Been There, Dunn That

Free From Marine Duties, a 1916 2-cylinder Dunn is Ready for a New Life on the Farm Show Circuit

| February 2005

Walter E. Dunn Mfg. Co. built the “Dunn Motor” in Ogdensburg, N.Y. The company was best known for its vertical 4-cycle marine engines, which were made in single-cylinder, 2-cylinder, 3-cylinder and 4-cylinder versions. The company was founded in 1900, and was active until about 1922. This engine, a 2-cylinder, 4 HP vertical inboard engine was built about 1916.


I finished restoring this engine this past summer after about 18 months of work. I came across the engine almost by accident in the course of discussing other engines with a Canadian collector. I acquired the engine in October 2002, and started its restoration the following month. At first the Dunn looked like great restoration material, but then I realized the engine had three pretty serious problems: 1: The base plate (which holds the cylinders away from the crankcase) was cracked and pieces were broken out on one side; 2: The two rear support studs were sheared off at the top; 3: Both bronze connecting rods were bent forward. It seemed to me that a scrapper yanking the engine out of an old boat hull with a chain caused all this damage.

I took the engine apart and started cleaning everything. I took the base plate with the loose pieces set in place to Lord's Welding Shop in Port Crane, N.Y., who not only welded the pieces back in, but smoothed out the weld and marked and re-drilled the standoff and cylinder bolt holes. This saved me a heck of a lot of work by not having to re-create the original cast iron base in steel plate. Plus, I really wanted the engine to be original.

The Dunn was more of a “motor rebuild” job than the last engine I did. That engine, an Emmons, but really made by the Stanley Co. of Swampscott, Mass., required a lot of turning, milling and welding fabrication, plus I did a wet sand and spray enamel finish.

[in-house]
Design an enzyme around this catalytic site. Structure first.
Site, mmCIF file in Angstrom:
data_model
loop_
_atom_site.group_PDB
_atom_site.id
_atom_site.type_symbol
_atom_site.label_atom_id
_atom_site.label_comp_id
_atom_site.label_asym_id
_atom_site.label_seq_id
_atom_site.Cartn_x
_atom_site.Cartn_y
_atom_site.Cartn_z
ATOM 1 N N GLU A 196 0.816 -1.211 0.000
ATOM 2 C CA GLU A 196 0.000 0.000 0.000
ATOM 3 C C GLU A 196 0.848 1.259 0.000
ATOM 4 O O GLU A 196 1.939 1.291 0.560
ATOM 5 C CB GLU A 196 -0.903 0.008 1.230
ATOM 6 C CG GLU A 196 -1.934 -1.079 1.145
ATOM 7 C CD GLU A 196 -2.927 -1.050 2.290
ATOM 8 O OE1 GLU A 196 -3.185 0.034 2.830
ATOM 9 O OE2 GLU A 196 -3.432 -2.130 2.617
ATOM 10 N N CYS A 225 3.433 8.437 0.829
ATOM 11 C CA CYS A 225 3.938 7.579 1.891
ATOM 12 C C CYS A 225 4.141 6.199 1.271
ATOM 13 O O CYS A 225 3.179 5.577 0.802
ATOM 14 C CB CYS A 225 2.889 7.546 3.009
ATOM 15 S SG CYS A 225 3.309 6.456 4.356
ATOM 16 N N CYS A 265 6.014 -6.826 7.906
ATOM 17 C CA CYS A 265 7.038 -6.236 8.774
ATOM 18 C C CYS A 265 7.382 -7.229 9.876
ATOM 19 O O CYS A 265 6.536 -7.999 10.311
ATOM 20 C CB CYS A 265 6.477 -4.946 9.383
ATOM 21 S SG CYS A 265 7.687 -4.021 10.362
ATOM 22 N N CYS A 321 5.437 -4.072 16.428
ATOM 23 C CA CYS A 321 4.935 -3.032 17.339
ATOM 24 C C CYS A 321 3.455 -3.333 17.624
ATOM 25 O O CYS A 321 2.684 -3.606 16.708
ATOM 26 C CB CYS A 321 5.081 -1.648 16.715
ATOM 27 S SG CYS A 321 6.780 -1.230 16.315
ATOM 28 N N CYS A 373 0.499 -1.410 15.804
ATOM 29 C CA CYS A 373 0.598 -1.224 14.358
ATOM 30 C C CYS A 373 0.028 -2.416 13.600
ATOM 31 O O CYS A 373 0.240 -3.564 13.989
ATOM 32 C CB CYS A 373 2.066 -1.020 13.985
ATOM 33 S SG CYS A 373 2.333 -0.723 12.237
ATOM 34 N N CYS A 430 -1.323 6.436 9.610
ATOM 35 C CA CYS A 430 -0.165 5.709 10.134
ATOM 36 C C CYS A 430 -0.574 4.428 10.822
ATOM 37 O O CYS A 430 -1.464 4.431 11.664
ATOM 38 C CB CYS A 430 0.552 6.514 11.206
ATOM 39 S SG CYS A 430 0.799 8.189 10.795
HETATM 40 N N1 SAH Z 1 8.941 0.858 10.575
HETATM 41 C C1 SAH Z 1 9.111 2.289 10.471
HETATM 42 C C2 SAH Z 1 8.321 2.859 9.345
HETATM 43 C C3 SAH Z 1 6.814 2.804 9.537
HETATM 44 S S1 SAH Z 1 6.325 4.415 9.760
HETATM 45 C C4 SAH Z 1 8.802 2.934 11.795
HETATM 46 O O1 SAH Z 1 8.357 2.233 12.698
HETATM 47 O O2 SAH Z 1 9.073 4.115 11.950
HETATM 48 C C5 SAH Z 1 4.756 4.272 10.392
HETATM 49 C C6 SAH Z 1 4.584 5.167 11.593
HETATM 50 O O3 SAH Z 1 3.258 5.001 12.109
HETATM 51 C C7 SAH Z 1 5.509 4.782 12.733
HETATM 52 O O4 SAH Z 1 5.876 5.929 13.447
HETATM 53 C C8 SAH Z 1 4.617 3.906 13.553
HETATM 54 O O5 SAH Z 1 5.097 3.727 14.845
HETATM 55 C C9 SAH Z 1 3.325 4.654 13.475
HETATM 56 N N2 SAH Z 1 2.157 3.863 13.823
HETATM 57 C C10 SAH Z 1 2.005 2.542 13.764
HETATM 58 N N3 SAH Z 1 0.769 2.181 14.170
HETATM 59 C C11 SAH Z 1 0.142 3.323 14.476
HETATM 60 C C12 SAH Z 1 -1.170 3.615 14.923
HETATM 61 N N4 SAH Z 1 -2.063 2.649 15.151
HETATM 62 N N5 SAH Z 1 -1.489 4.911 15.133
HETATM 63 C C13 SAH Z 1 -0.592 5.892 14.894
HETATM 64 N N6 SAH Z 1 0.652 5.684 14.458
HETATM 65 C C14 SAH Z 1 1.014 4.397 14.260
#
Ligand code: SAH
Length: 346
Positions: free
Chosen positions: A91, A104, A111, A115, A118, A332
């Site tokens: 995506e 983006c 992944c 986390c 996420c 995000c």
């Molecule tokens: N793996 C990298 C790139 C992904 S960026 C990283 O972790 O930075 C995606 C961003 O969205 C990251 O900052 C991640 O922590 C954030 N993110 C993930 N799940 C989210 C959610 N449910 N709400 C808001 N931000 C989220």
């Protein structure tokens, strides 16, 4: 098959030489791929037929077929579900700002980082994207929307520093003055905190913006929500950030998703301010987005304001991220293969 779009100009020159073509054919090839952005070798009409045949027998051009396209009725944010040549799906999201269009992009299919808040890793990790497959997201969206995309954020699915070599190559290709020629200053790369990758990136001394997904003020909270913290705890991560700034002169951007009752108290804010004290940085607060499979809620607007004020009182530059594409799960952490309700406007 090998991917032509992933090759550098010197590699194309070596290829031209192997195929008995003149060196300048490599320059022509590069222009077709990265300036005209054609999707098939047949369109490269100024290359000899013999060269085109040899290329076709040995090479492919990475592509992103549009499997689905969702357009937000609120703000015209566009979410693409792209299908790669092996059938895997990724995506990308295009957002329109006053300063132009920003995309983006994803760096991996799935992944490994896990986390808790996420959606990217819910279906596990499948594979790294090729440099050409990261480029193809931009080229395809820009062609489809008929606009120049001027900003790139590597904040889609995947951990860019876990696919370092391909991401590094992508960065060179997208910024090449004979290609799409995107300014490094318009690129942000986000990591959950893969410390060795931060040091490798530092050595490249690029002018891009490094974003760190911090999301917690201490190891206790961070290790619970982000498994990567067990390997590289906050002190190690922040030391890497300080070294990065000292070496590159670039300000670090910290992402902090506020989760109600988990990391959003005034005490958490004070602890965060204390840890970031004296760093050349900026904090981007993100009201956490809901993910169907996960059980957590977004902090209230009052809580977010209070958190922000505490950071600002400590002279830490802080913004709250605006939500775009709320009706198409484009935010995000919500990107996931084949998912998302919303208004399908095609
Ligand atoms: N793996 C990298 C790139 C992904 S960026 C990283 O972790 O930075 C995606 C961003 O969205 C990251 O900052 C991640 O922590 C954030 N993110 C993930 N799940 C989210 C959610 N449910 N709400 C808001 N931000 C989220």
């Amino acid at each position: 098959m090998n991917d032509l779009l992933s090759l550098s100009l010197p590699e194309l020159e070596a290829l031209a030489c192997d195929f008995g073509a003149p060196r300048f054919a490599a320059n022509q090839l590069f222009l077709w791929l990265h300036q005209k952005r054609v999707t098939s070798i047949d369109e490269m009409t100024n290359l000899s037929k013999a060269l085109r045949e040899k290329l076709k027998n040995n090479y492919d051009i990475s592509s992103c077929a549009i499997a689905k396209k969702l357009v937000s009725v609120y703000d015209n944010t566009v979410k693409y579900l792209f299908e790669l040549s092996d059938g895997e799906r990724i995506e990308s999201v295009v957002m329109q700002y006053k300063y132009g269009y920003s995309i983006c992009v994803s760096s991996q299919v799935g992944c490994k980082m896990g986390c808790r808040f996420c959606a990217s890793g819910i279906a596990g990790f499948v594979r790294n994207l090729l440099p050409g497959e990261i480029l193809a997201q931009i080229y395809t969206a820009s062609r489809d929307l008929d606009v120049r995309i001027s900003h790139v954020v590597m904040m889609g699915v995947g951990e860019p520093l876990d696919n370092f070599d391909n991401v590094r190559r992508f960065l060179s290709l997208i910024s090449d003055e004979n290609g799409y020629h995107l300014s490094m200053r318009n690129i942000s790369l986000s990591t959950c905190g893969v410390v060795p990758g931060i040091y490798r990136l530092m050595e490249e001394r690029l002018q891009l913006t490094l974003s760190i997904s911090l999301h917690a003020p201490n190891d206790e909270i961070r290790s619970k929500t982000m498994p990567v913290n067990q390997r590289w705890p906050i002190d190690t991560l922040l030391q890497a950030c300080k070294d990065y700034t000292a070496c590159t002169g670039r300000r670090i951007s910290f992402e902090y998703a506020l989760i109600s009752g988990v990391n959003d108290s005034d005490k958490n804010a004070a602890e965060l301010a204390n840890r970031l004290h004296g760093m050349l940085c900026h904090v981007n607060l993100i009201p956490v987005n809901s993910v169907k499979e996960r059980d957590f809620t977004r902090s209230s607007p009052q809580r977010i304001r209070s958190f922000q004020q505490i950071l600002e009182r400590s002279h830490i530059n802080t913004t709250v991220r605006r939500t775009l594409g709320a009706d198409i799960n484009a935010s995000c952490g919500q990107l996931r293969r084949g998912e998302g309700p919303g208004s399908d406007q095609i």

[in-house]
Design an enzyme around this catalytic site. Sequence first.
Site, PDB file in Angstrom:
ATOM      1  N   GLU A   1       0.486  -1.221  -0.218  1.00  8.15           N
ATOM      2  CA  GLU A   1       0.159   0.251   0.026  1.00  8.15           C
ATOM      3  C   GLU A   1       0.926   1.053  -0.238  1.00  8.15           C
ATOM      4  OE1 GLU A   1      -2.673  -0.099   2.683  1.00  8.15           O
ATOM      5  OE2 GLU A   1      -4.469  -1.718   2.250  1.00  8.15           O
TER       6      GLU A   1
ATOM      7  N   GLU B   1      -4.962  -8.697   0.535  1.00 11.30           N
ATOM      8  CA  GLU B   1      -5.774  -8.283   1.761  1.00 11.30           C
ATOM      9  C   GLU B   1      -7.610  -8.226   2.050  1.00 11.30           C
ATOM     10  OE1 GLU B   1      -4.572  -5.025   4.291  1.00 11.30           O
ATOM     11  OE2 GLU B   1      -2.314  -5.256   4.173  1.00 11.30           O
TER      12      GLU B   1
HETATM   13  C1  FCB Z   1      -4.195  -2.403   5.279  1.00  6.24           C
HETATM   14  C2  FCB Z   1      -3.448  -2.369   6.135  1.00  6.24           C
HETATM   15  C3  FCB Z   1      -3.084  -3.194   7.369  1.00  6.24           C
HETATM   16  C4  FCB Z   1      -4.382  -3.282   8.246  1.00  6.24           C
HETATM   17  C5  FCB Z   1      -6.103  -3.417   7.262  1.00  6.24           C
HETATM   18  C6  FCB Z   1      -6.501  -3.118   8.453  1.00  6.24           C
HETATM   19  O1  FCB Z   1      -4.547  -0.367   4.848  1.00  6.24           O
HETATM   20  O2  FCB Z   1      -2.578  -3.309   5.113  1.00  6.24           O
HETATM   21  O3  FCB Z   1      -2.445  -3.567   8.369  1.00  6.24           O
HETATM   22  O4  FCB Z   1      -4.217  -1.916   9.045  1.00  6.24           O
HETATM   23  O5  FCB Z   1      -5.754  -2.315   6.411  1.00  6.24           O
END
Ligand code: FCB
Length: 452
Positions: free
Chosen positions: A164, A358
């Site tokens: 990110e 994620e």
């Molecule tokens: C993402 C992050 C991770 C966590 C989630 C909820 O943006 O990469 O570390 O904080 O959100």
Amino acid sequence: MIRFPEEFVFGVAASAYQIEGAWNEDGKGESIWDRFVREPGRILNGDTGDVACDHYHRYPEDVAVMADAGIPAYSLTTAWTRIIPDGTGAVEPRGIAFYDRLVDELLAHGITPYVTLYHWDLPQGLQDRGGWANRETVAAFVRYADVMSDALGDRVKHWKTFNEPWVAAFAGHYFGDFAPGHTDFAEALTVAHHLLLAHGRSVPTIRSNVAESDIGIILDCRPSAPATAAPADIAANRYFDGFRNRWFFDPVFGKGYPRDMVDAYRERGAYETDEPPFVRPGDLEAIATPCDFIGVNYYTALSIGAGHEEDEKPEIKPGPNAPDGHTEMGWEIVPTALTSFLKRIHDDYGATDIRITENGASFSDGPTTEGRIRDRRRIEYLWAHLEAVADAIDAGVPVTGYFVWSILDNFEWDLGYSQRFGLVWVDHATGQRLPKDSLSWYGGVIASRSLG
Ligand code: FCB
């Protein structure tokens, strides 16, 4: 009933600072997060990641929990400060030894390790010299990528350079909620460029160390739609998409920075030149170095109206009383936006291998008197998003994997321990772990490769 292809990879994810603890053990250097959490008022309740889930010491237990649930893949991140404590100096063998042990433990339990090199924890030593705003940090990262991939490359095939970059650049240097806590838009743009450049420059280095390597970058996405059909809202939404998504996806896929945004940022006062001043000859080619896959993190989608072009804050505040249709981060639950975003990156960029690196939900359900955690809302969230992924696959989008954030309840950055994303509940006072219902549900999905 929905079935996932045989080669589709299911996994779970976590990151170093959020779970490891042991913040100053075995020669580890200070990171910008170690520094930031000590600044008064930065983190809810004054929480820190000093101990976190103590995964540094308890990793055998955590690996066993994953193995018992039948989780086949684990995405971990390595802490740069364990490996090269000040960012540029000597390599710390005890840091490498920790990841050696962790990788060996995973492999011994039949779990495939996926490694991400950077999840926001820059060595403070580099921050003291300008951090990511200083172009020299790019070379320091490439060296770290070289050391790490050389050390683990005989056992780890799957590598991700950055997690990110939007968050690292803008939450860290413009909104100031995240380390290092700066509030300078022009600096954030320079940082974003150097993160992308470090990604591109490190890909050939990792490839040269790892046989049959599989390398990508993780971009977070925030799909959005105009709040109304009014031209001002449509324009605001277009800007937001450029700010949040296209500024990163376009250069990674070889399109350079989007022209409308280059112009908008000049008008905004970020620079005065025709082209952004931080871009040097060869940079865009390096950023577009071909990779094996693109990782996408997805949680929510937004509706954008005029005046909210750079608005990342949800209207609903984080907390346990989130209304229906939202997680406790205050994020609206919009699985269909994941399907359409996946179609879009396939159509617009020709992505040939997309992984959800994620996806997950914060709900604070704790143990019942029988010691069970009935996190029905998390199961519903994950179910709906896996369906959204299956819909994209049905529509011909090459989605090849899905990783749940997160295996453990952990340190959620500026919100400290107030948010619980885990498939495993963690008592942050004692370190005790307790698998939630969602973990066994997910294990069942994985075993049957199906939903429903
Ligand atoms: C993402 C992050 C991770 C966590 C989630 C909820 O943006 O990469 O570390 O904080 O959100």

The timer on my engine is the same style as the 1914 rear-mounted units. I suspect Dunn moved the timer up front and high for ease of adjustment – and to keep it away from water. I had to take a light trueing cut on the pot metal timer base to get a stable area for the phenolic body. Aligning the two contact points after putting new hardened contact balls in place was a trial-and-error job. I finally used a caliper to set them both at equal points.

The Dunn's lubrication system was a subject of much discussion by the crowd at, a great place for information on vintage marine engines. There are no other operating open crankcase Dunn engines, but we figured splash from the crank and the continuous dripping of oil from the drip oilers down past the cylinder walls and into the crank wells would do the job. This is exactly what happens. It is a very dirty, oil-flinging engine! Even so, it has run about eight hours total so far, and the inside is completely slick with oil. (I used mirrors and lights to look up into the wrist pin and small end area.)


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